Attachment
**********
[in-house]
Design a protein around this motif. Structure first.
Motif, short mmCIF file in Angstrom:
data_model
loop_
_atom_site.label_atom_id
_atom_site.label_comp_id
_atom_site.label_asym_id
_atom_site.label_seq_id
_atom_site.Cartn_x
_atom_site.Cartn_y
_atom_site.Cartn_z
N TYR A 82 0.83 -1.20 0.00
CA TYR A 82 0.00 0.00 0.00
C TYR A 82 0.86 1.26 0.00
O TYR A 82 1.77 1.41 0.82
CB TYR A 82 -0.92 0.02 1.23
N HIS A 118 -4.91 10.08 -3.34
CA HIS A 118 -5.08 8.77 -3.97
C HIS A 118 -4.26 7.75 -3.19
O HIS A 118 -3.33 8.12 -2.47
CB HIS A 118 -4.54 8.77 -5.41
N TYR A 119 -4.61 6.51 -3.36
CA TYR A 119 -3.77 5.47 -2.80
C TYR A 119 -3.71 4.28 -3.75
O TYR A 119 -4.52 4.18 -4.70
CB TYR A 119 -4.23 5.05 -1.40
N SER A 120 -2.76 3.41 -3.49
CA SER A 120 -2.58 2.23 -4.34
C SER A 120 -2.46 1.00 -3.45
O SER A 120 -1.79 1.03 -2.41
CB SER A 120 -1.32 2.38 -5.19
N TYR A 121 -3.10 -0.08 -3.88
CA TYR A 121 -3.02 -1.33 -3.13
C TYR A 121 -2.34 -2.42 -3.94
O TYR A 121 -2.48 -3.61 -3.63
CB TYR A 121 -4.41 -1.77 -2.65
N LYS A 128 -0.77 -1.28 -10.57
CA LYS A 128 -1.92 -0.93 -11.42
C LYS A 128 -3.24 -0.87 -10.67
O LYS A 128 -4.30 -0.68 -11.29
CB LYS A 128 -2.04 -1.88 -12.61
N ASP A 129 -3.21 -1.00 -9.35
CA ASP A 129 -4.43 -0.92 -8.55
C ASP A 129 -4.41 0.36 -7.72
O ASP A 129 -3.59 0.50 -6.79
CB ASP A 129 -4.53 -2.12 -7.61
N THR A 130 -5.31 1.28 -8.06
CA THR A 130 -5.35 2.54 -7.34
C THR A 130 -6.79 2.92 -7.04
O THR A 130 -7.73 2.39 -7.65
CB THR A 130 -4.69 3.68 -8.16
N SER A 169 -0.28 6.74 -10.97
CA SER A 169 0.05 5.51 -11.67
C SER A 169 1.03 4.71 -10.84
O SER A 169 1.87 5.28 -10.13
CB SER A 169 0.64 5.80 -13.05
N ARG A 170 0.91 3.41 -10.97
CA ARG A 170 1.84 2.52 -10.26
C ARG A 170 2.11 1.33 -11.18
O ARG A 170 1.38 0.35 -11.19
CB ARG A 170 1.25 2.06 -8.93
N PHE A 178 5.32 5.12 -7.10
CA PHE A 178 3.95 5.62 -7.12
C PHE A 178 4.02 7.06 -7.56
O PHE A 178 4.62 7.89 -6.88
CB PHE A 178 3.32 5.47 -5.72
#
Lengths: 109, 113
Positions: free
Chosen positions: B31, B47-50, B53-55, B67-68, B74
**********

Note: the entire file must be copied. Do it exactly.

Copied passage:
[in-house]
Design a protein around this motif. Structure first.
Motif, short mmCIF file in Angstrom:
data_model
loop_
_atom_site.label_atom_id
_atom_site.label_comp_id
_atom_site.label_asym_id
_atom_site.label_seq_id
_atom_site.Cartn_x
_atom_site.Cartn_y
_atom_site.Cartn_z
N TYR A 82 0.83 -1.20 0.00
CA TYR A 82 0.00 0.00 0.00
C TYR A 82 0.86 1.26 0.00
O TYR A 82 1.77 1.41 0.82
CB TYR A 82 -0.92 0.02 1.23
N HIS A 118 -4.91 10.08 -3.34
CA HIS A 118 -5.08 8.77 -3.97
C HIS A 118 -4.26 7.75 -3.19
O HIS A 118 -3.33 8.12 -2.47
CB HIS A 118 -4.54 8.77 -5.41
N TYR A 119 -4.61 6.51 -3.36
CA TYR A 119 -3.77 5.47 -2.80
C TYR A 119 -3.71 4.28 -3.75
O TYR A 119 -4.52 4.18 -4.70
CB TYR A 119 -4.23 5.05 -1.40
N SER A 120 -2.76 3.41 -3.49
CA SER A 120 -2.58 2.23 -4.34
C SER A 120 -2.46 1.00 -3.45
O SER A 120 -1.79 1.03 -2.41
CB SER A 120 -1.32 2.38 -5.19
N TYR A 121 -3.10 -0.08 -3.88
CA TYR A 121 -3.02 -1.33 -3.13
C TYR A 121 -2.34 -2.42 -3.94
O TYR A 121 -2.48 -3.61 -3.63
CB TYR A 121 -4.41 -1.77 -2.65
N LYS A 128 -0.77 -1.28 -10.57
CA LYS A 128 -1.92 -0.93 -11.42
C LYS A 128 -3.24 -0.87 -10.67
O LYS A 128 -4.30 -0.68 -11.29
CB LYS A 128 -2.04 -1.88 -12.61
N ASP A 129 -3.21 -1.00 -9.35
CA ASP A 129 -4.43 -0.92 -8.55
C ASP A 129 -4.41 0.36 -7.72
O ASP A 129 -3.59 0.50 -6.79
CB ASP A 129 -4.53 -2.12 -7.61
N THR A 130 -5.31 1.28 -8.06
CA THR A 130 -5.35 2.54 -7.34
C THR A 130 -6.79 2.92 -7.04
O THR A 130 -7.73 2.39 -7.65
CB THR A 130 -4.69 3.68 -8.16
N SER A 169 -0.28 6.74 -10.97
CA SER A 169 0.05 5.51 -11.67
C SER A 169 1.03 4.71 -10.84
O SER A 169 1.87 5.28 -10.13
CB SER A 169 0.64 5.80 -13.05
N ARG A 170 0.91 3.41 -10.97
CA ARG A 170 1.84 2.52 -10.26
C ARG A 170 2.11 1.33 -11.18
O ARG A 170 1.38 0.35 -11.19
CB ARG A 170 1.25 2.06 -8.93
N PHE A 178 5.32 5.12 -7.10
CA PHE A 178 3.95 5.62 -7.12
C PHE A 178 4.02 7.06 -7.56
O PHE A 178 4.62 7.89 -6.88
CB PHE A 178 3.32 5.47 -5.72
#
Lengths: 109, 113
Positions: free
Chosen positions: B31, B47-50, B53-55, B67-68, B74